The next section of the Way is between Banchory and Aboyne. This is likely to be seen as the most challenging
part of the whole route, partly for reason of length at approx. 15 miles but also the ascents and descents in the forest
The Way does not hit the High Street in Banchory but come across
King George V Park and then heads south along the B974 before crossing the River Dee to its south side.
Immediately after crossing the River Dee, rather than following the road the walker climbing a set of steps to reach
a minor road that heads west towards Blackhill Forest. There is now a short section on this road as the Way also heads
for a forest and the part of the walk that is on the south side of the Dee.
The road head west then a left hand corner before turning right off the road close to Aulton Farm. The Way is now
into Forestry Commission land, but for the first section be aware of vehicle moving into and out of Scolty Hill.
Scolty Hill is a very popular walking area, with paths that take walkers to the Scolty Tower or around the Blackhall
Forest. Once the Way has passed the forest car park there are vehicle barriers and the forest tracks and roads are
free of cars, but do keep alert for cyclists.
The Deeside Way is well signed but you do need to be checking at all of the track junctions to make sure that you remain
on the Way and do not end up ascending up to the tower on Scolty Hill.
Once the walker has passed the Scolty Car Park there follows slightly more than 2 miles of walking in the Blackhall
Forest. This is made up of tall pine and larch trees however as an active forest there are several points where
open landscapes are offered due to felling or where the trees are young.
In such areas the views are over the meandering River Dee to points such as Cairnton House and north west to Potarch Bridge.
The woodland section concludes at “Hill of Tillybath” and the Old Military Road linking Whitestone with Potarch Bridge.
Turning right the Way follows paths that are running close to this this road and descending in a north westerly
direction past Tillenteach to reach the “T” junction at Potarch Hotel.
The off road wooden bridge shown on the photograph is at Tillenteach and is crossing the “Burn of Cattie”, this
flowing into the River Dee.
At Potarch the Way crosses the Dee to now remain for the balance of the trail on its northern side.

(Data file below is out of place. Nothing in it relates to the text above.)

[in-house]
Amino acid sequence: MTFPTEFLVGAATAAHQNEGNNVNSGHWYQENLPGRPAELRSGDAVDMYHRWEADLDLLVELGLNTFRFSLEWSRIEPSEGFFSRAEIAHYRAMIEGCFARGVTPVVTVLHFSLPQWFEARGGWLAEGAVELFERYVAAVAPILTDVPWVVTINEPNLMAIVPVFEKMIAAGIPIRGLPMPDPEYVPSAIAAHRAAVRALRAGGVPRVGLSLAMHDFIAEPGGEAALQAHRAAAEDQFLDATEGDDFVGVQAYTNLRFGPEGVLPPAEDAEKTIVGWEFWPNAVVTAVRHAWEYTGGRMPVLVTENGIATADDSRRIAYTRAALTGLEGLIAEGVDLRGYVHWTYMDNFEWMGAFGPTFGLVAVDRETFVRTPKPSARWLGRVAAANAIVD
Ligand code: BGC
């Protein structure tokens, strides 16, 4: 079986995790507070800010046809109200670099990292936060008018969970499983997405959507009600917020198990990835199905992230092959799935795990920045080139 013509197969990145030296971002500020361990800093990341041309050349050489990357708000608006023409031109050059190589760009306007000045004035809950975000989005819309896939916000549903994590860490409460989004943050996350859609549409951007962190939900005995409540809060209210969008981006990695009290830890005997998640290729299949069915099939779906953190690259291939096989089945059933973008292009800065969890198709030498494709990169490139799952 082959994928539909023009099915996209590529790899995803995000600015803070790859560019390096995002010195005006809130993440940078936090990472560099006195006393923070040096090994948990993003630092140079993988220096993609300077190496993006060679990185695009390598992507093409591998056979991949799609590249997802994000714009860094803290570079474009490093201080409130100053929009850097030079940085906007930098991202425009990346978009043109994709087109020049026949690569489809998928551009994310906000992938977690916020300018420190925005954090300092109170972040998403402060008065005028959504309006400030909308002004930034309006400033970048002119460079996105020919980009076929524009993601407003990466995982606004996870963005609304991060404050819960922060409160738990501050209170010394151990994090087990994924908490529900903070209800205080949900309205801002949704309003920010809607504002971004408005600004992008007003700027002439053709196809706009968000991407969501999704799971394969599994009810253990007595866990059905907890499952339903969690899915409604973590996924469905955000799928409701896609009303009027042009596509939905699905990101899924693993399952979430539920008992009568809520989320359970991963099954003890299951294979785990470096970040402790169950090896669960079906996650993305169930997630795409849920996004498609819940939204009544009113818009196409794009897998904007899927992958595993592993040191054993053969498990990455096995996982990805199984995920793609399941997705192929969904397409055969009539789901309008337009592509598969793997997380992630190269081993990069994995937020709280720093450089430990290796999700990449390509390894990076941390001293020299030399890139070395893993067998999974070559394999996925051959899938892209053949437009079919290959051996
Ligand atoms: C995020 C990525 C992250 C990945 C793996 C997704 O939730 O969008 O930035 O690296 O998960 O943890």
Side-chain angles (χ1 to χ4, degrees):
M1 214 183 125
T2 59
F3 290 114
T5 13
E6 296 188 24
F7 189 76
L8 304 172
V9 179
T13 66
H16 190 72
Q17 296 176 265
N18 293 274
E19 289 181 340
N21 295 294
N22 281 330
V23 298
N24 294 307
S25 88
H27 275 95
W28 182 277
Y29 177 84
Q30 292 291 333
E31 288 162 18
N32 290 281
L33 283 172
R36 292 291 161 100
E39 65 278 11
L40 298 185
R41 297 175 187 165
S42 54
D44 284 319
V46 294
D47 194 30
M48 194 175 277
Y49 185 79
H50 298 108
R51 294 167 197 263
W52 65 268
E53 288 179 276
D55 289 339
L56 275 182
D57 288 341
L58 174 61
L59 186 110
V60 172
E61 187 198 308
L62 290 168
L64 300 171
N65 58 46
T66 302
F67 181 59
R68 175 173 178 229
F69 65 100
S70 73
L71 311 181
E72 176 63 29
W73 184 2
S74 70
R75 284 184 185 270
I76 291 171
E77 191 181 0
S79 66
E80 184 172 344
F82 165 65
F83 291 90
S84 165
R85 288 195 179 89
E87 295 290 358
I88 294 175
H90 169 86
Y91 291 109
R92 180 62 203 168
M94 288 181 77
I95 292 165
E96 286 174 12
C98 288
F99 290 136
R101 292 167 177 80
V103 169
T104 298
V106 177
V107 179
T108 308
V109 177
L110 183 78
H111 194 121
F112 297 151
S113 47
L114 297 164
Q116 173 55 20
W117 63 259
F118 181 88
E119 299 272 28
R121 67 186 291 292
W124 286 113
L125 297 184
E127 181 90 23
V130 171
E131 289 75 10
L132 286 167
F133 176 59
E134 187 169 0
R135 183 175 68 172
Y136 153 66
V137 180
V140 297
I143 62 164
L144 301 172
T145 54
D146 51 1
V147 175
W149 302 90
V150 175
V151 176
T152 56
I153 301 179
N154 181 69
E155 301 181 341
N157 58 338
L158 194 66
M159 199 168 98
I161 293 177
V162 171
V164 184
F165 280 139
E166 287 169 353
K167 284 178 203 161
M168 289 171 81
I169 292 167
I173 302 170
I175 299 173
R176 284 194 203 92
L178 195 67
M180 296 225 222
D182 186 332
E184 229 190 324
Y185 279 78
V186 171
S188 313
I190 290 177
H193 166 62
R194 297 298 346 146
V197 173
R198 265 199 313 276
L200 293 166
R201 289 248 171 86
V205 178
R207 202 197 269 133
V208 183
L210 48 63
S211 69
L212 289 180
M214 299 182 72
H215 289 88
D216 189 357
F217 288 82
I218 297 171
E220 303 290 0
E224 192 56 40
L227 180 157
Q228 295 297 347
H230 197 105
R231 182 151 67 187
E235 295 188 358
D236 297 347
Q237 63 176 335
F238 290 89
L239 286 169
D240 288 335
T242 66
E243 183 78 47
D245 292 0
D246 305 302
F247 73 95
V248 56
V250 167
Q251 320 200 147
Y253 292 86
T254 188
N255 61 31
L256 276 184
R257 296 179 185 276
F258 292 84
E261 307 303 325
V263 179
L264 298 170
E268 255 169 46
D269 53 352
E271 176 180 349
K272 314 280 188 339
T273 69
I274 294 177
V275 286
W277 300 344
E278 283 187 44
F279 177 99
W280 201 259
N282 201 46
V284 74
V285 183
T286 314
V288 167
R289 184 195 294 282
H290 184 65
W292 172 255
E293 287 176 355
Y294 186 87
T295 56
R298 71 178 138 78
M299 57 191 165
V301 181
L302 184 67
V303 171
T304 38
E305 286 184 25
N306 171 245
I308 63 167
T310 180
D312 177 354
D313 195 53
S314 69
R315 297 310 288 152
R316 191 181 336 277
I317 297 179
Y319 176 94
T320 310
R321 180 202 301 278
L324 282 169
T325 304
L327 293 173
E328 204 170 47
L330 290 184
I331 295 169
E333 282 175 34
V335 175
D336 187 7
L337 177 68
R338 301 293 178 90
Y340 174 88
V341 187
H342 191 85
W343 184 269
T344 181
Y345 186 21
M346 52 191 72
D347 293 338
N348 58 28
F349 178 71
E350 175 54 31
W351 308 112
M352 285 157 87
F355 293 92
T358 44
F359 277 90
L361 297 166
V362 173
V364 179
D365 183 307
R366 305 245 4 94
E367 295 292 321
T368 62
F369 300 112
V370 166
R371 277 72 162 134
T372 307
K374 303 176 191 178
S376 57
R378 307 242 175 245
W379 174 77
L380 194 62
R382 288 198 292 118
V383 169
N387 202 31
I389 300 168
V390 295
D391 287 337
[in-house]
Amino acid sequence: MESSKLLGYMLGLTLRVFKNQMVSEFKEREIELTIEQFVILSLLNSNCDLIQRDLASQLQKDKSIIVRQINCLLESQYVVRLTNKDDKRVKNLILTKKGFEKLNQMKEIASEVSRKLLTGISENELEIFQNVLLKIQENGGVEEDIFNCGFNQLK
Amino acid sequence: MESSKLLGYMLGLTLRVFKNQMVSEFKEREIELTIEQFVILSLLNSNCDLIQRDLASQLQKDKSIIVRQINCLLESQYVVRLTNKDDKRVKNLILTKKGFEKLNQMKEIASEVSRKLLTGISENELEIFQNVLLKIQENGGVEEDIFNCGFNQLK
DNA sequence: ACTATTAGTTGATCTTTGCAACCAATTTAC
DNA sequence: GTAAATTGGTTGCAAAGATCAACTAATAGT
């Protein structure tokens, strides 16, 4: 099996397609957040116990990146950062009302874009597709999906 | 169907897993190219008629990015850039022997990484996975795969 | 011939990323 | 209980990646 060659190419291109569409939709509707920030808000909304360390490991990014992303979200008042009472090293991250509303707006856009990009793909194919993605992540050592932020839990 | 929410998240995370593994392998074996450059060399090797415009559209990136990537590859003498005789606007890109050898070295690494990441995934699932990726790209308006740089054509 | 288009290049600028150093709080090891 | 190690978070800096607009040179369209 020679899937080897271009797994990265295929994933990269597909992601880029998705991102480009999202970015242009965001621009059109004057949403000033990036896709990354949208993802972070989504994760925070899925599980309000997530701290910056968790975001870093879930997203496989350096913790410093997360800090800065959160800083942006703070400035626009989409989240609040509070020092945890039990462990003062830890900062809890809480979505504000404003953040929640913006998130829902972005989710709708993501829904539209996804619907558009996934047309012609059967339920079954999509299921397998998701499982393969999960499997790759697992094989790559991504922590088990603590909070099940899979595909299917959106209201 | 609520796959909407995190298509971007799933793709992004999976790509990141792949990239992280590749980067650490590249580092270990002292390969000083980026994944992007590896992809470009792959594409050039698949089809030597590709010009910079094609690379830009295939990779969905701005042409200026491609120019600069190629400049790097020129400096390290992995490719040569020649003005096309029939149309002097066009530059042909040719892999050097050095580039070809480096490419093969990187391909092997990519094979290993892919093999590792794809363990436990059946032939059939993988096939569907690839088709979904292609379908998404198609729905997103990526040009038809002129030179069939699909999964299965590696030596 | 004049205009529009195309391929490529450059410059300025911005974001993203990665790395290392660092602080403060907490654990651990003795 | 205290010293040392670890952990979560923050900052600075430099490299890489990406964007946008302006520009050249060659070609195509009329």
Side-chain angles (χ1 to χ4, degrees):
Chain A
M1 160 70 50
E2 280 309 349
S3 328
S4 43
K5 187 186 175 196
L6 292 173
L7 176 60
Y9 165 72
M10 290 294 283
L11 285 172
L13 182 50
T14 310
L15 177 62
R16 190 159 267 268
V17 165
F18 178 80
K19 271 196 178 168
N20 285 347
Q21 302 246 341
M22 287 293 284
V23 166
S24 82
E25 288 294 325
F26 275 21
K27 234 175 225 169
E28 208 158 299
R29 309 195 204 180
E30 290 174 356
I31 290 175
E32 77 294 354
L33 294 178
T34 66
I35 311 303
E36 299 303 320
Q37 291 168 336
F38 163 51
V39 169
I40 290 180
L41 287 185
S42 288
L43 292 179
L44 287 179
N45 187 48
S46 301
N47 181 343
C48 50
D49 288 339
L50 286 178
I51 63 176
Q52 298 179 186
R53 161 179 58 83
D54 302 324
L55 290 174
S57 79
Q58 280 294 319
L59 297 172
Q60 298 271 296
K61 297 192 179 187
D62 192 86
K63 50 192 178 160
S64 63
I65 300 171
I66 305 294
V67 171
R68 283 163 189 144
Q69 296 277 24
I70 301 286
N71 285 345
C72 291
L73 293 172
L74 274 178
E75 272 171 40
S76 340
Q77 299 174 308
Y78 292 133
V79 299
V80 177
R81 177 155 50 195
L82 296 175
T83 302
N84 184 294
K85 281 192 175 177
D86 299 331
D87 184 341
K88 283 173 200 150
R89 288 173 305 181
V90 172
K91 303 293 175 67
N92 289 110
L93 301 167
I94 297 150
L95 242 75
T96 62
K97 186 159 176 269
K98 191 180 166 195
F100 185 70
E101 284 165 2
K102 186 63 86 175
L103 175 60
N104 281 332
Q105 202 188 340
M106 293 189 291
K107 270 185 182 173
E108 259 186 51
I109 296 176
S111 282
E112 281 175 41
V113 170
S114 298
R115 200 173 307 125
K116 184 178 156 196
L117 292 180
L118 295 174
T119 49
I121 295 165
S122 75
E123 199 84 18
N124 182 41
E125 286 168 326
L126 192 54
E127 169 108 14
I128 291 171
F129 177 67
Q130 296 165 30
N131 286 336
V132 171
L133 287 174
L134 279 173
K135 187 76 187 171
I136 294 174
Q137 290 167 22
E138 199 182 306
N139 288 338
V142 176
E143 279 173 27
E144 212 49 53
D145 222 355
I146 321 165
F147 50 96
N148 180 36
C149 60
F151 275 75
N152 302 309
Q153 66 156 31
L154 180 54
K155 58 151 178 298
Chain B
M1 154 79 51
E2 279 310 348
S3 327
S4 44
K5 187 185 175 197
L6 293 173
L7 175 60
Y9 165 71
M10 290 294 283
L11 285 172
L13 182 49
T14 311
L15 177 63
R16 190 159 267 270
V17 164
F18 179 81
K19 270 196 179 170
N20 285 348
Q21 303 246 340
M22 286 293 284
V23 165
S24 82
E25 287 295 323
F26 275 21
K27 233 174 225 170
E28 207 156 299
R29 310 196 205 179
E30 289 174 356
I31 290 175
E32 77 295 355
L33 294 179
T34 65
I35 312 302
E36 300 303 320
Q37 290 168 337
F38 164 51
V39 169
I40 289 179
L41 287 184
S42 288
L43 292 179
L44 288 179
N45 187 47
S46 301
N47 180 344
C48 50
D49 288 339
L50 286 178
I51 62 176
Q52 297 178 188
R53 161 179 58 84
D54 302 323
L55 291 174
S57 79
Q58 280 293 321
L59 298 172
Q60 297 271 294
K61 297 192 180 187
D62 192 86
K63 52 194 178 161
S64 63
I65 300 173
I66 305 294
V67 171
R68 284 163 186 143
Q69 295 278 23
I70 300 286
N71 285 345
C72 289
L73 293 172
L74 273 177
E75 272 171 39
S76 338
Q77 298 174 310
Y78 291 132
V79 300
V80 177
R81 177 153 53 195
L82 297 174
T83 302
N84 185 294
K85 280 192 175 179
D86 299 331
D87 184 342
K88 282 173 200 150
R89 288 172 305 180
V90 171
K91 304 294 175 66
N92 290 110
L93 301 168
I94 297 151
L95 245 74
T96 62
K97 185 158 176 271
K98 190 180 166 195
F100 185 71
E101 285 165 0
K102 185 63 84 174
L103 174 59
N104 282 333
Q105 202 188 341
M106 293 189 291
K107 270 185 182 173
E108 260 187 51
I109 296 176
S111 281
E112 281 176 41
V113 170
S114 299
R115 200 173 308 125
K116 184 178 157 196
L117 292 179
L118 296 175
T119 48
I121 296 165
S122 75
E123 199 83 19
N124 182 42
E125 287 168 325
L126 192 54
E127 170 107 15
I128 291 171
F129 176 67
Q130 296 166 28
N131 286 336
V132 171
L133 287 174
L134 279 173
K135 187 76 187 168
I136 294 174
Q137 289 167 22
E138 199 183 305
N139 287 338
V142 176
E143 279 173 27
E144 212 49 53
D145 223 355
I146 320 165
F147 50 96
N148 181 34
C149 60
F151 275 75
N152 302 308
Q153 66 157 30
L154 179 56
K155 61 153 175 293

From Potarch Bridge the trail runs for another 2 miles approximately sandwiched between the A93 and the banks
of the Dee. At Borrowstone just to the east of Kincardine o’ Neil the path comes out and onto the pavement,
passing by the old ruined parish church and hospital of Kincardine o’ Neil. This was thought to be a 14th
century ruin, but today none of the adjoining hospital remains visible.
The community of Kincardine o' Neil is said to be the oldest community in Deeside and had the most important ford across
the Dee. This allowed for the movement of people, armies and cattle as they moved north over the Cairn O' Mount or south
to the cattle markets of Crieff or Falkirk.
The now ruined church of St Mary's is thought to have been build over the site of the late 5th century church founded by
The route follows the main street through the village to the west end, at which point it turns right and heads north
away from the Dee.
The path passes by the side of the Christ Church Episcopal building and then past a few more modern houses on the right
As the trail leaves the village there is a path branching off to the left and this is clearly marked as the next off road
section of the Deeside Way.
Initially with bungalows and villas on the north side of this track it soon leaves them behind with farmland on both sides and
attractive views to the south and the high Angus hills on the southern horizon.
Ahead the trail path heads to the higher ground and trees of Dess Wood.
Having followed the clearly defined path into Dess Wood and reached the highest point the trail starts a gentle descent to a
point shown on the right hand picture. At this point the path takes the second track on the left. Presently there is
a lack of a waymarker at this junction and for this reason it is one of the points where an error might occur.
Having taken this path (almost directly ahead) it very quickly starts to increase its gradient downhill and to the left
then twisting and turning as the path heads towards the road crossing near to Newton of Drumduan.
This descent is in many ways very different to the rest of the Way with steep descents and high forest trees.
Approaching the minor road the path crosses a small burn, feeding into the River Dee, then has a staggered crossing
before the path continues between Newton of Drumduan and Mains of Drumduan prior to reaching the old track bed of the
Deeside Railway. It is this railway bed that is now the line of the walk till it reaches the Boddomend area and a
very minor road leading off from the A93. Presently this is the end of the defined path towards Aboyne, the continuation
of the disused railway can be followed for about a further 400 metres before being stopped by a fairly substantial
metal barrier fence. We therefore indicate that on reaching the Boddomend road the walker turns left and walks the
short distance up to the A93 at a point opposite Craigwell Wood. It is then the walker's choice as to how they will
reach Aboyne which is about 2 Km along the busy A93.
We would strongly warn against walking this road and suggest that the safest solution is to wait for one of the hourly
Royal Deeside buses to pass by, they will stop at the Boddomend road end.
It is the intention that through discussions between Aberdeenshire Council and landowners that this mising link in the trail
will be overcome and the
Way can be extended and made traffic free all the way into Aboyne.
Click on this link to move to the next section of the walk.